A Word to Childless Me

Hello Me.

It’s been two years since we were neither a Mummy nor a Mummy-To-Be. Two years ago our body began that everyday miracle of growing a little life, and then a few months later we finally got to meet him. Over a year down the line, and our identity has forever changed. I wanted to take a moment to address my former self, with a few warnings.

First of all, I would like to tell myself to stop taking offence when parents talk about the deep love they have for their children. When you don’t have children, you still experience love. You love your family deeply, you love your partner passionately, you love your pets protectively. I used to hate it when parents would bang on about how much greater the love you feel for your child is. It implies that the childless are somehow lesser, that they are missing out, that their feelings are shallow and weak. NONE of this is true. But what is true? That the love you feel for your child is something completely unique, and impossible to feel or imagine before your little cherub arrives.

Never before have I been completely and utterly responsible for the life of a human being, and I think that’s the basis of it. I love my husband, but he is a grown man who managed perfectly well for 18 years before he even met me. I love my parents, but they have always been the ones to look after ME. I love my sister, but she is my peer, my equal. I love my cats, but they would be perfectly happy with the neighbours if they still had food and cuddles. Whereas to my son, my husband and I are the only ones who loved him before he was even born. Being the one to incubate him, I am the single human alive who had responsibility for him before he existed to anyone else. My heartbeat was the first thing he heard. My voice, the first he grew to recognise. When he arrived, I fed him from my actual body (another everyday miracle) and gave up the life I had known before.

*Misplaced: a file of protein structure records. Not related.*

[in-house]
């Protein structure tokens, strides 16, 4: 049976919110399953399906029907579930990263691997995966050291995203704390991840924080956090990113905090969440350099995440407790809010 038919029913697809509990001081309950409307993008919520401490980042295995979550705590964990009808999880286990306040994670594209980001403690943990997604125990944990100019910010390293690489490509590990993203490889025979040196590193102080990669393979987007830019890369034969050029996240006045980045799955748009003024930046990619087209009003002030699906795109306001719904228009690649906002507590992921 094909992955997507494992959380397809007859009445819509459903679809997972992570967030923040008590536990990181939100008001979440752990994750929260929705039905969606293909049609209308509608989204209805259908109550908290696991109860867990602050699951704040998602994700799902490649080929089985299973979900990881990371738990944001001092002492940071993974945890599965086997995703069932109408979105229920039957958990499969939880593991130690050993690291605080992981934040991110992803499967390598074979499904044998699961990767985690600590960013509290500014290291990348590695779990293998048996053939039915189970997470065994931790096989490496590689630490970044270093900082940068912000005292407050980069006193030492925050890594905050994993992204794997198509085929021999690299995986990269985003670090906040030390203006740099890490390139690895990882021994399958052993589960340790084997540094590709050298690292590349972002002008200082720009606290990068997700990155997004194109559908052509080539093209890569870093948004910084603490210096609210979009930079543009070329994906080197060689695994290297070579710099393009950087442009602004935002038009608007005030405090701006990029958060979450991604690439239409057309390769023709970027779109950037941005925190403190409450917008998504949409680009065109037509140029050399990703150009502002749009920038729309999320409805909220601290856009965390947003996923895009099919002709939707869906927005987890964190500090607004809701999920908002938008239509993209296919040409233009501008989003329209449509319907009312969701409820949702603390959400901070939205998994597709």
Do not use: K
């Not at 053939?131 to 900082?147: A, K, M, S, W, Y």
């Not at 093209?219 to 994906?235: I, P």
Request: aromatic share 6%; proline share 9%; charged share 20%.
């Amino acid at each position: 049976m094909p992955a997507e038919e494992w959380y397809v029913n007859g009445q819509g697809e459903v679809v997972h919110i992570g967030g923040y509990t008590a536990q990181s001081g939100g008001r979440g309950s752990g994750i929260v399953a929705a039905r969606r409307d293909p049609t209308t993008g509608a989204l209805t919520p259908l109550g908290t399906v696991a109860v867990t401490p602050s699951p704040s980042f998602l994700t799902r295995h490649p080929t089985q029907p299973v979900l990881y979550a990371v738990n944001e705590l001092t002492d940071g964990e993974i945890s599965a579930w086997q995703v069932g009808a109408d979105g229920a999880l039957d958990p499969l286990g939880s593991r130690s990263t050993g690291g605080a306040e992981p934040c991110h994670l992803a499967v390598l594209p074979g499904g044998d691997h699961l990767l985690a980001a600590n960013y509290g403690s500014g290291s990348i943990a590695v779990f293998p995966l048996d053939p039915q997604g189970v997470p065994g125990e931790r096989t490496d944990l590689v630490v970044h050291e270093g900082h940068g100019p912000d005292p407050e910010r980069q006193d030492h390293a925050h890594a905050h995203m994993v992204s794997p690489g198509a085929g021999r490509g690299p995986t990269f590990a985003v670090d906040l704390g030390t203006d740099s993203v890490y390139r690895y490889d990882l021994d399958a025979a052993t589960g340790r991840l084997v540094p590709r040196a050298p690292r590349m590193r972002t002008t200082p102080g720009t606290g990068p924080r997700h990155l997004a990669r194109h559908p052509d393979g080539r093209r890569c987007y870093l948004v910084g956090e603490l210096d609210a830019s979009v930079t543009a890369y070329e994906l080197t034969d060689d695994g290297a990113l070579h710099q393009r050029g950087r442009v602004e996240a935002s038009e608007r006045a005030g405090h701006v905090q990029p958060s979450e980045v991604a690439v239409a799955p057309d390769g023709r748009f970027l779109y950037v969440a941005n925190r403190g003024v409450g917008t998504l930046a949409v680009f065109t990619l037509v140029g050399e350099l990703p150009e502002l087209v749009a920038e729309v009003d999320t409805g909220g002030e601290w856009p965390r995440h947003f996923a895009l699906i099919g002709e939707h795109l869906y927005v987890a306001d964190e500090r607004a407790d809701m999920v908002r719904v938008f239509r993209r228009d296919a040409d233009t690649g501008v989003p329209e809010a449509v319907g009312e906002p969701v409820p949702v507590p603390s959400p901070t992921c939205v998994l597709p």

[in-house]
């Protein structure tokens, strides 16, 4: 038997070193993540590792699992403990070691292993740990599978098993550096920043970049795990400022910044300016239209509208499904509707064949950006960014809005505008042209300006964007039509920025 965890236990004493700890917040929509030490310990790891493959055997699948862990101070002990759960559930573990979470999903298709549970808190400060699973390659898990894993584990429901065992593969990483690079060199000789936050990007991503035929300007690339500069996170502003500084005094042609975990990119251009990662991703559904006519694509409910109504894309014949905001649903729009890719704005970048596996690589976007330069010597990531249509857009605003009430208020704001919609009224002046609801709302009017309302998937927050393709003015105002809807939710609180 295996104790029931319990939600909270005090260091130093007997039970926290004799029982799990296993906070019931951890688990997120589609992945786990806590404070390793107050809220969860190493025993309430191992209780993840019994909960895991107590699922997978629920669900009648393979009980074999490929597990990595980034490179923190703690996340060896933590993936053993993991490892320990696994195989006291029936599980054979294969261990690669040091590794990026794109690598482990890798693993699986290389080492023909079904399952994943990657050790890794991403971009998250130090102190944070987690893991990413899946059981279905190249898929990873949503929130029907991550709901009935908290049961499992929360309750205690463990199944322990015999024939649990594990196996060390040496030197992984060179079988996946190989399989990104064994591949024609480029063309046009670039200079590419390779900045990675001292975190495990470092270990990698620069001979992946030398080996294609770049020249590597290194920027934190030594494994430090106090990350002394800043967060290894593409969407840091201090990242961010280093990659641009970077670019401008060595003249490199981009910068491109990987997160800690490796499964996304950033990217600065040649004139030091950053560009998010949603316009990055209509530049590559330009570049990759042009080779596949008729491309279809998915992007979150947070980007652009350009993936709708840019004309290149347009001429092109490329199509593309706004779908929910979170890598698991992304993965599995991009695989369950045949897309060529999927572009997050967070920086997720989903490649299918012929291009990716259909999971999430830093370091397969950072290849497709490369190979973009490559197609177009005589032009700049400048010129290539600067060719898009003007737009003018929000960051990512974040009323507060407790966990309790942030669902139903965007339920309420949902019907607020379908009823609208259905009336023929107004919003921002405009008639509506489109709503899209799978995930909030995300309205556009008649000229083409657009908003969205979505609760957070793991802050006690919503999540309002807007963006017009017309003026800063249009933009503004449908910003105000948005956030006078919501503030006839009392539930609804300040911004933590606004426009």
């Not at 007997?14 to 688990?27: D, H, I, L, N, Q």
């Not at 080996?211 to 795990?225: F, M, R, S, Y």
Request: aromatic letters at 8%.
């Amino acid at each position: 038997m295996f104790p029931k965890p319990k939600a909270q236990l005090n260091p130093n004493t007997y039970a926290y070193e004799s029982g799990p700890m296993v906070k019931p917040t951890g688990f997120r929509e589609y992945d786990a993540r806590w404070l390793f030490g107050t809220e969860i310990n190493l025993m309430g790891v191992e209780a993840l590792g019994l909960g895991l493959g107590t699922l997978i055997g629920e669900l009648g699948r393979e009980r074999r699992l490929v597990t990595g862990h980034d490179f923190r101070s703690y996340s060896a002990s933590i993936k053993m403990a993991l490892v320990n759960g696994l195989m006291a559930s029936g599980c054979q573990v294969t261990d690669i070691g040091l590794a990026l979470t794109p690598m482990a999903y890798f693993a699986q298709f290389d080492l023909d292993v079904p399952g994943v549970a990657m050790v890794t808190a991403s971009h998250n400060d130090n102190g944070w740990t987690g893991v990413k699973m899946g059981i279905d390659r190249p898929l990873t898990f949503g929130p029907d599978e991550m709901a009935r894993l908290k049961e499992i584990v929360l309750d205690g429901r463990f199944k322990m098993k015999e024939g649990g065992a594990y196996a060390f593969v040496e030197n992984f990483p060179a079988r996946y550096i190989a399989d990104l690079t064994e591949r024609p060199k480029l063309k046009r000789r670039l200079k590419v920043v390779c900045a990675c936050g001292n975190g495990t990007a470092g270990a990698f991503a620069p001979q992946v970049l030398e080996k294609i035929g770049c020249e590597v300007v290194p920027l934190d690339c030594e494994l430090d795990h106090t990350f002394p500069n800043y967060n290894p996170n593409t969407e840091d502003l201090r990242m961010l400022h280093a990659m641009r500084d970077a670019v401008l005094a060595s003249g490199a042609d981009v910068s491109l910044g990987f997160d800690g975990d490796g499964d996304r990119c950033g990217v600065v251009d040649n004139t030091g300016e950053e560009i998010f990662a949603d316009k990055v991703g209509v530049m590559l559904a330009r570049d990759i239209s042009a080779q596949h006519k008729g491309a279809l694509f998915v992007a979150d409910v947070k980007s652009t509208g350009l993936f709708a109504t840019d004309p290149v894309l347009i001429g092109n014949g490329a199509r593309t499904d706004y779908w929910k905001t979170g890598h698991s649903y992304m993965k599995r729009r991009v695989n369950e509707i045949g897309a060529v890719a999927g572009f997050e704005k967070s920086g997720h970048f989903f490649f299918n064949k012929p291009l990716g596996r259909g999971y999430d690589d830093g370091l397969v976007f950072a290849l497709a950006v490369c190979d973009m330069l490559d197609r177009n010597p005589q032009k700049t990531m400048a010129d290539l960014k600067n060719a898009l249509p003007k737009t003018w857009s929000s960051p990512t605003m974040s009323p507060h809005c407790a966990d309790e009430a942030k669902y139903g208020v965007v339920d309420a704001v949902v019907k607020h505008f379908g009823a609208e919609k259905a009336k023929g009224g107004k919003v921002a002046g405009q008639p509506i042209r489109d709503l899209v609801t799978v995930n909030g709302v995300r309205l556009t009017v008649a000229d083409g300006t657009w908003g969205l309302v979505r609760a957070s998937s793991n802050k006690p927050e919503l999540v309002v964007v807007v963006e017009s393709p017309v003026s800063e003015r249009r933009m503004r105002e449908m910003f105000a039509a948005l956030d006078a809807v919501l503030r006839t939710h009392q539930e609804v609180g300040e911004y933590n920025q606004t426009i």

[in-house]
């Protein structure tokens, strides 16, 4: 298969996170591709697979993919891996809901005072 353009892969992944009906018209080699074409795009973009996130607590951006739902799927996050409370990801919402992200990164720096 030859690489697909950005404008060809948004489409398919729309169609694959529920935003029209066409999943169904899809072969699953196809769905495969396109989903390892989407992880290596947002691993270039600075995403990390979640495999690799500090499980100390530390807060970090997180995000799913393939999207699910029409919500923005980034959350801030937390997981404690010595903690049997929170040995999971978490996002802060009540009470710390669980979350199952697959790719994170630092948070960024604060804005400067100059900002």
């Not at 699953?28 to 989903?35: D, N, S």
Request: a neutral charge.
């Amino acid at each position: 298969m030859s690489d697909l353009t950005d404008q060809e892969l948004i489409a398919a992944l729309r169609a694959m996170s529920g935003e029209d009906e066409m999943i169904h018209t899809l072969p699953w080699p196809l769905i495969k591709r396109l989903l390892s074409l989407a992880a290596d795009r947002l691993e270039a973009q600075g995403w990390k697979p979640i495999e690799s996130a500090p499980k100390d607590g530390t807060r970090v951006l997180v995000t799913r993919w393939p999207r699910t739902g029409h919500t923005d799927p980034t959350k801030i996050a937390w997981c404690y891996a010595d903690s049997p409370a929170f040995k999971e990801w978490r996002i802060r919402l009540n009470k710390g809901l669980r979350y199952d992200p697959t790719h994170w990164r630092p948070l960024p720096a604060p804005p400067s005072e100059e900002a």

So, former me, stop getting so butthurt when parents love their kids. You haven’t experienced it, you can’t truly imagine it, and that’s fine. Even if you never have children, you are a human being capable of immense love, sacrifice and contribution to those around you. But you have not experienced the love a parent feels, and nor will you until you become one – and that’s OK!

Secondly, I would like to tell myself to go take a nap. They’re amazing. And you’re not going to have many for a while. I read an article recently in which the author stated something along the lines of ‘parents laugh when non-parents say they’re exhausted’. This caused a lot of offence, and I can understand why. Of course non-parents experience exhaustion. Think of the shift-workers, the insomniacs, those with multiple jobs, or those who work and study. It is condescending to imply that those without children are snoozing their lives away.

However. I believe what the author intended to express, was that the sleeplessness you (may, depending on your baby!) experience when you become a parent is a particularly unique sort of tiredness. It’s a tiredness where you never get to ‘catch up’. I have worked long shifts before, on my feet for hours and hours. Then I’d go out drinking afterwards and dance for a couple of hours. Then you know what I’d do? I’d go to bed and stay there until I felt like getting up. So, pre-baby me, enjoy your sleep…because now that’s not an option!

In the worst phase of my son’s sleep, I would sleep for perhaps three hours, spread across an entire night. This is very unpleasant. But you know what’s worse? Doing it again, and again, and again, for week after week after week. The insomniacs and others who sleep poorly long-term will know what I mean when I say that lack of sleep is most certainly a form of torture. The hardest thing was that I couldn’t ‘sleep when the baby slept’ during the day at that time: he didn’t. So there was no catching up. There was no flopping in front of the TV for a few hours to refresh my brain. There was no hot chocolate, film and snuggling up in a duvet on the sofa. Every. Single. Minute. was spent feeding, cleaning, comforting, entertaining, or attempting to sleep that child.